What, then, is the proper use of items that came to the altar? And how is the burnt offering delivered?

It is for purposes of pure religion.

It is given in the context of a trust, with its trustee (deacon/minister) standing at his place to oversee all burnt offerings. A righteous manner of giving becomes the altar of Christ. If it is given by a manner of 'strange fire', the good trustee rejects it, and he does not let it touch the altar of Christ, so that the altar may remain pure and holy.

In Numbers 28, we find words like offering and burnt offering. The word for offering in the Hebrew is qorban. The word for burnt offering is olah. Both words indicate sacrifice, but the latter includes the idea of holocaust (going up in smoke). Another Hebrew word, ishshah, also indicates burnt offering, since it is made by fire. Numbers 28:2 "Command the children of Israel, and say unto them, My offering [qorban], and my bread for my sacrifices made by fire [ishshah], for a sweet savour unto me, shall ye observe to offer [qarab] unto me in their due season." Qorban and qarab both have the idea of coming near. [21]

The reason for gathering together in a congregation of record includes purposes of drawing nearer to God, and He wants His children to come with them some of the blessings He has graced upon them along the way in their journey of life. We are to cast them upon the waters[22], which is to say, we are to share them, to make them available whenever a minister discovers a worthy soul who needs healing or comfort or assistance to get him back onto the path of diligence and righteousness. The burnt offering is at hand when the minister discovers, in the moment, it is time to distribute from the altar of Christ in the manner of ministry which is pleasing to the Father.

The manner of casting this bread upon the waters includes these aspects:

  • It is a voluntary gift, given from a cheerful heart by one who gladly shares his wealth;
  • it is a gift given for reasons of repentance, gratitude, love and mercy;
  • it is a gift that is useful (i.e, it is not rubbish, in the eyes of the giver);
  • it is a gift which, from God's way of seeing it, is not blemished;
  • it is an item which the giver owned, until the time he gave it as a burnt offering.

These aspects, together with all aspects of justice and humility, are innately part of the holy fire which make the burnt offering acceptable.

This page is a work-in-progress.

Altars | Stones | Clay and Stone | Stones upon |
White stones‎ | Lively Stones of a Living Altar |
Church legally defined | Breeches | Red Heifer |
Corban | Tithing In Conscience | Self-Sacrifice |
Public religion | Stoning | Sophistry |
Worship | Welfare | Welfare types | Daily ministration
Christian conflict | Benefactors | Feasts |
Good Samaritan | Thy first love | Born again | New creature
Celebrate | Temples |
Modern Christians | The Blessed Strategy
Power To Change | Peine forte et dure |
Tithing | Offering | Korban
Korab | Minchah
Necek | Nedabah
Shelem | Tenuwphah
Charity | Freewill offerings | Corban
Religion | Pure Religion | Golden rule |
Altars | Tens | Network | Pentecost
Perspective | One purse | Temptations |
Tithe | Tithing | Tithing In Conscience | Tithingman |
Tribute | Taxation | Treasury | Corban |
Charitable Practices | Covetous Practices |
Fervent Charity | Gleaners | FEMA | Lady Godiva |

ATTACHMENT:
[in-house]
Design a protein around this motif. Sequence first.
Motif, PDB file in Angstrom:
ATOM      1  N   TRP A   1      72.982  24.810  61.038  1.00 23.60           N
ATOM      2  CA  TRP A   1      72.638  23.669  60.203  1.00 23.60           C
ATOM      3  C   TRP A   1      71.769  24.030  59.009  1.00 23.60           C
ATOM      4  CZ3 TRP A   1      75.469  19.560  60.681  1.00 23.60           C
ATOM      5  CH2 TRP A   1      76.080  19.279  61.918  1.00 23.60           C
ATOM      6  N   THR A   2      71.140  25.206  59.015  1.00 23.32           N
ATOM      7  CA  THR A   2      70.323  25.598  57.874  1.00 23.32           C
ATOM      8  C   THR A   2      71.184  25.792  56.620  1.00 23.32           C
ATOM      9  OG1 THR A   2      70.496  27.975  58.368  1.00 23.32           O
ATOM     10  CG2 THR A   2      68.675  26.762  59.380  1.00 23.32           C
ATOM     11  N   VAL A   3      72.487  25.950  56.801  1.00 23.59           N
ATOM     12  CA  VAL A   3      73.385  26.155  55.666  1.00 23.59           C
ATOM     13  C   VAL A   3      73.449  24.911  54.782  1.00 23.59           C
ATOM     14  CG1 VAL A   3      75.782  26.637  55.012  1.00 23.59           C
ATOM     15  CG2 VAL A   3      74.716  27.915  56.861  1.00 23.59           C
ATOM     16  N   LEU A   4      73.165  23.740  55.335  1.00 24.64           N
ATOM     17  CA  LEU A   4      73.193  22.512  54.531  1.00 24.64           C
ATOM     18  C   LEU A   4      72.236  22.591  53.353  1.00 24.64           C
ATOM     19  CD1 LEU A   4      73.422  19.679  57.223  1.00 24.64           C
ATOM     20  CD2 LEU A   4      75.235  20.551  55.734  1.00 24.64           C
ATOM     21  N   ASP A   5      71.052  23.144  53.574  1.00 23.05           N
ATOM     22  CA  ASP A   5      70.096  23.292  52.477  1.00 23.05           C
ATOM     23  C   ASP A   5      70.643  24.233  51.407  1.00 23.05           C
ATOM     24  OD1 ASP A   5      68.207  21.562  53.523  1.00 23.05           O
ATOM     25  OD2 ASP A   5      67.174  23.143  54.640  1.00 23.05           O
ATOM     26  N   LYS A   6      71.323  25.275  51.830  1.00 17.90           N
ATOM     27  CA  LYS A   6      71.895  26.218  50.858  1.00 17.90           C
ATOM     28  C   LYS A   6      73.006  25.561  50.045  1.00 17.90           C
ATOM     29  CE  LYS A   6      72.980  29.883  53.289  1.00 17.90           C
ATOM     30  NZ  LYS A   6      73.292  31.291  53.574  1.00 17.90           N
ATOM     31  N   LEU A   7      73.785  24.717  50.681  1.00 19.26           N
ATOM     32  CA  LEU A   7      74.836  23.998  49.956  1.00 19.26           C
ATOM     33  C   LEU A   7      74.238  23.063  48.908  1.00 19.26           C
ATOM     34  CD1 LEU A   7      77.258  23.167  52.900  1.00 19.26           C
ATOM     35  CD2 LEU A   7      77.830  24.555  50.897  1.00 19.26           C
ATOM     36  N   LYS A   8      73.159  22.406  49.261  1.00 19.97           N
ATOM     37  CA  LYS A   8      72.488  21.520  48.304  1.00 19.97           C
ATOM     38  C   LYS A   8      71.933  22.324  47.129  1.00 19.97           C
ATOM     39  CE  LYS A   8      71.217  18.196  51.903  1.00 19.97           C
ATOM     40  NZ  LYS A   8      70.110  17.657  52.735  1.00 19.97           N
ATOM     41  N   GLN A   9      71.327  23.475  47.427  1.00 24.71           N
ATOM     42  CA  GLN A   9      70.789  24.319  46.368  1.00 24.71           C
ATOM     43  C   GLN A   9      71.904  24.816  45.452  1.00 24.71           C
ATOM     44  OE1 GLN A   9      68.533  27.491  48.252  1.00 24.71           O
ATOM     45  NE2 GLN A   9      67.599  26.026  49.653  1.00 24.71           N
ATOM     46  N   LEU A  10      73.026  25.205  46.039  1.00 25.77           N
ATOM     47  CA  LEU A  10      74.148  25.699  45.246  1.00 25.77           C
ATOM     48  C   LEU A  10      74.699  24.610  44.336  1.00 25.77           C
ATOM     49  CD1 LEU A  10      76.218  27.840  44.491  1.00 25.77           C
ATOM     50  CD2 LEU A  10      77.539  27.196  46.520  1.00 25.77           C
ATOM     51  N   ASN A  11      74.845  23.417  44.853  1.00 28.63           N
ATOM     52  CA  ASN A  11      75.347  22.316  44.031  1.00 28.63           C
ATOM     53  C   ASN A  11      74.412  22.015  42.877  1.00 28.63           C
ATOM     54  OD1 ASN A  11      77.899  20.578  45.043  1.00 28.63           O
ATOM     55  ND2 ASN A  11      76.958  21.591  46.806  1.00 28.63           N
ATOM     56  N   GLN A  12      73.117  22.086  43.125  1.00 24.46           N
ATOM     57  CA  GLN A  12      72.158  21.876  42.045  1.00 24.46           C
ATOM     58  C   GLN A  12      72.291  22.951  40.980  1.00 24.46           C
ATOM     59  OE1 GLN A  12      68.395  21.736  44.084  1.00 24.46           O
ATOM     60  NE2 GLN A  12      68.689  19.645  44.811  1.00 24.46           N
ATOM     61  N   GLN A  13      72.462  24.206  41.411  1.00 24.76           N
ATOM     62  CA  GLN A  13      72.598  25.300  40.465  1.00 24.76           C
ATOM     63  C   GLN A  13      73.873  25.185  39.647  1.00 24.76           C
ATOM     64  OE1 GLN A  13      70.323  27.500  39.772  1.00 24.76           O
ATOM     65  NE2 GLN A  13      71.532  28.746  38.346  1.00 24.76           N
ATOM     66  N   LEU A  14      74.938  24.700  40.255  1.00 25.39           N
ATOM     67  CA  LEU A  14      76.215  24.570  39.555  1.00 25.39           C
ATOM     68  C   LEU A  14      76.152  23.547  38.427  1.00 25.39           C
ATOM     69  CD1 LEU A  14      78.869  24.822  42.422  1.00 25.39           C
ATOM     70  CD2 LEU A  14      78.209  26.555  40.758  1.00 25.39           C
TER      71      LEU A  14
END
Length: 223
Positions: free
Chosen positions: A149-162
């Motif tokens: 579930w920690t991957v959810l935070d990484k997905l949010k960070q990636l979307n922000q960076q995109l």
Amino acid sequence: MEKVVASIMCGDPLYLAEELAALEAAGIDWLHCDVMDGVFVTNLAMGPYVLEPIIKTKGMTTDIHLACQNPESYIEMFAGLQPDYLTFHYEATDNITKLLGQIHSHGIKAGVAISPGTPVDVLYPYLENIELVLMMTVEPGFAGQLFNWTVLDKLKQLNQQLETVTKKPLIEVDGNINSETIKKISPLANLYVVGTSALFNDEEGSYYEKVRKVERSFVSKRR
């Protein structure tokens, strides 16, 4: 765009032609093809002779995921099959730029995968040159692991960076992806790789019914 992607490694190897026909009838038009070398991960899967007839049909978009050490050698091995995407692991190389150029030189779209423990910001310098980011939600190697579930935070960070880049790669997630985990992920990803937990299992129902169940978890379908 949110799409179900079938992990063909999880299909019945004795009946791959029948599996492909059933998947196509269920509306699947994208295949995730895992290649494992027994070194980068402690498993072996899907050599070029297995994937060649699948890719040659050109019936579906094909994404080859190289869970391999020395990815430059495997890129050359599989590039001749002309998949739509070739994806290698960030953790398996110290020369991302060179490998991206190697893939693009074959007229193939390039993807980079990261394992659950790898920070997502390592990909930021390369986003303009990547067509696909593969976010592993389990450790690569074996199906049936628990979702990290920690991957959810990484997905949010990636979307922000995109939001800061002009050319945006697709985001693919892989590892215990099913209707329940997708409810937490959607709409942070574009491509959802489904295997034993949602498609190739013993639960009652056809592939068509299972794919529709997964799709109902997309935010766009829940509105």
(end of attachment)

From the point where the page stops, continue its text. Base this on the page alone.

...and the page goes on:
Religion | Pure Religion‎ | Private welfare | Fleeing Religion |
False religion | Public religion | Our Religion | Christian conflict |
Corban | Baptism | Benefactors | ThatWord | Daily ministration |
Modern Christians | Diocletianic Persecution | Christians check list |
gods | Judge not | Judge | Fathers | Deist | Damnable heresies |
Factions_at_the_altar |
Pharisees | Sadducees | Zealot | Essenes | Levites |
Messianic Judaism | Menahem the Essene | Sanhedrin |
Altars | Clay and Stone | Red Heifer | Golden calf |
Freewill offerings | Religion | Pure Religion | Public religion |
Christian conflict | Paganism | Denominations | Dispensationalism |
Benefactors | Corban | Daily ministration | Calendars |
Cult | Imperial Cult of Rome | Guru_theories| | Covet | Merchandise |
Mark of God | Mark of Cain | Mark of the Beast | Nature of the Beast
Section 666 | Benefactors | Biting one another | Cry out | Worship |
Church | Temples | Religious Orders | Priests | Kings and priests |
Hear | Bible Index | Network |

== Footnotes ==
  1. 08641 ^המורת^ tᵉruwmah \@ter-oo-maw’\@ or ^המרת^ tᵉrumah (#De 12:11) \@ter-oo-maw’\@ from 07311; n f; AV-offering 51, oblation 19, heave 4, gifts 1, offered 1; 76 1) contribution, offering 1a) a heave offering 1b) any offering 1c) an offering to God 1d) an offering (of grain, money, etc) 1e) contribution
  2. 08573 ^הפונת^ tᵉnuwphah \@ten-oo-faw’\@ from 05130; n f; AV-wave offering 14, wave 8, offering 6, shaking 2; 30 1) swinging, waving, wave offering, offering 1a) a swinging, brandishing 1a1) of God’s hand, weapons 1b) waving, wave-offering (technical term of sacrifice) 1c) offering (of gold or brass)
  3. 05071 ^הבדנ^ nᵉdabah \@ned-aw-baw’\@ from 05068; n f; AV-freewill offering 15, offerings 9, free offering 2, freely 2, willing offering 1, voluntary offering 1, plentiful 1, voluntarily 1, voluntary 1, willing 1, willingly 1; 26 1) voluntariness, free-will offering 1a) voluntariness 1b) freewill, voluntary, offering
  4. 05068 ^בדנ^ nadab \@naw-dab’\@ a primitive root; v; AV-offered willingly 6, willingly offered 5, willing 2, offered 1, willing 1, offered freely 1, give willingly 1; 17 1) to incite, impel, make willing 1a) (Qal) to incite, impel 1b) (Hithpael) 1b1) to volunteer 1b2) to offer free-will offerings
  5. 07133 ^ןברק^ qorban \@kor-bawn’\@ or ^ןברק^ qurban \@koor-bawn’\@ from 07126, Greek 2878 ~κορβαν~; n m; AV-offering 68, oblation 12, offered 1, sacrifice 1; 82 1) offering, oblation
  6. 07126 ^ברק^ qarab \@kaw-rab’\@ a primitive root; v; AV-offer 95, (come, draw, … ) near 58, bring 58, (come, draw, … ) nigh 18, come 12, approach 10, at hand 4, presented 2, misc 13; 280 1) to come near, approach, enter into, draw near 1a) (Qal) to approach, draw near 1b) (Niphal) to be brought near 1c) (Piel) to cause to approach, bring near, cause to draw near 1d) (Hiphil) to bring near, bring, present